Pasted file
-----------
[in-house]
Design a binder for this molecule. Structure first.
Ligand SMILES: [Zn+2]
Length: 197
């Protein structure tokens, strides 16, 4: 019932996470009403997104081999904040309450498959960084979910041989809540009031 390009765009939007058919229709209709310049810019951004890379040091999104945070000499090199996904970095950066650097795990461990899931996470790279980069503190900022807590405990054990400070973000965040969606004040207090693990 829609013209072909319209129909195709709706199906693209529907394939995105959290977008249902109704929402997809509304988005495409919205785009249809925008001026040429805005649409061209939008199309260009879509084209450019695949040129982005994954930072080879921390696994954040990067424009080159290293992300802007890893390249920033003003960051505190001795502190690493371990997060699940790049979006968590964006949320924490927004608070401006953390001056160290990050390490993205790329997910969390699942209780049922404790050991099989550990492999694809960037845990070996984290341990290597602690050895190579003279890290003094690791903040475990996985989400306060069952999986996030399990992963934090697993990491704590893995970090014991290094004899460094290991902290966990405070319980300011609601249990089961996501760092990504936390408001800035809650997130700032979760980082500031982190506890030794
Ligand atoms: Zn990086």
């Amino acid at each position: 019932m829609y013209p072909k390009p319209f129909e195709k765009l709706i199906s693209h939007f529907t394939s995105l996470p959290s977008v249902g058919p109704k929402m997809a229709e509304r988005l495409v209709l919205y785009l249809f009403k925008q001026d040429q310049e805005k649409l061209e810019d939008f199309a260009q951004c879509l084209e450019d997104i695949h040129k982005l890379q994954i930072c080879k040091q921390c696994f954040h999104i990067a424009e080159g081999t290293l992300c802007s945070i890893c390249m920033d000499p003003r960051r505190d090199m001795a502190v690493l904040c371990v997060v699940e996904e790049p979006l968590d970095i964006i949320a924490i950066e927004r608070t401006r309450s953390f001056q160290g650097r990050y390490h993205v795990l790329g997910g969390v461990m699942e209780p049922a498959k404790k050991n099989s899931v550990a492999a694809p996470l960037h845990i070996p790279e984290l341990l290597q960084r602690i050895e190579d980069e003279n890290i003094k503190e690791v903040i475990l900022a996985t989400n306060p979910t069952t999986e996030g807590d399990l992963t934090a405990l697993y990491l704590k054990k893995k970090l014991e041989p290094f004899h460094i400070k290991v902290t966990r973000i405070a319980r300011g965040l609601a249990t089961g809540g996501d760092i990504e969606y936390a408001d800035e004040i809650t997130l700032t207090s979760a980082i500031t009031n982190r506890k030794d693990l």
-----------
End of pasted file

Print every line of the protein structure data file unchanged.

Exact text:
[in-house]
Design a binder for this molecule. Structure first.
Ligand SMILES: [Zn+2]
Length: 197
């Protein structure tokens, strides 16, 4: 019932996470009403997104081999904040309450498959960084979910041989809540009031 390009765009939007058919229709209709310049810019951004890379040091999104945070000499090199996904970095950066650097795990461990899931996470790279980069503190900022807590405990054990400070973000965040969606004040207090693990 829609013209072909319209129909195709709706199906693209529907394939995105959290977008249902109704929402997809509304988005495409919205785009249809925008001026040429805005649409061209939008199309260009879509084209450019695949040129982005994954930072080879921390696994954040990067424009080159290293992300802007890893390249920033003003960051505190001795502190690493371990997060699940790049979006968590964006949320924490927004608070401006953390001056160290990050390490993205790329997910969390699942209780049922404790050991099989550990492999694809960037845990070996984290341990290597602690050895190579003279890290003094690791903040475990996985989400306060069952999986996030399990992963934090697993990491704590893995970090014991290094004899460094290991902290966990405070319980300011609601249990089961996501760092990504936390408001800035809650997130700032979760980082500031982190506890030794
Ligand atoms: Zn990086």
């Amino acid at each position: 019932m829609y013209p072909k390009p319209f129909e195709k765009l709706i199906s693209h939007f529907t394939s995105l996470p959290s977008v249902g058919p109704k929402m997809a229709e509304r988005l495409v209709l919205y785009l249809f009403k925008q001026d040429q310049e805005k649409l061209e810019d939008f199309a260009q951004c879509l084209e450019d997104i695949h040129k982005l890379q994954i930072c080879k040091q921390c696994f954040h999104i990067a424009e080159g081999t290293l992300c802007s945070i890893c390249m920033d000499p003003r960051r505190d090199m001795a502190v690493l904040c371990v997060v699940e996904e790049p979006l968590d970095i964006i949320a924490i950066e927004r608070t401006r309450s953390f001056q160290g650097r990050y390490h993205v795990l790329g997910g969390v461990m699942e209780p049922a498959k404790k050991n099989s899931v550990a492999a694809p996470l960037h845990i070996p790279e984290l341990l290597q960084r602690i050895e190579d980069e003279n890290i003094k503190e690791v903040i475990l900022a996985t989400n306060p979910t069952t999986e996030g807590d399990l992963t934090a405990l697993y990491l704590k054990k893995k970090l014991e041989p290094f004899h460094i400070k290991v902290t966990r973000i405070a319980r300011g965040l609601a249990t089961g809540g996501d760092i990504e969606y936390a408001d800035e004040i809650t997130l700032t207090s979760a980082i500031t009031n982190r506890k030794d693990l």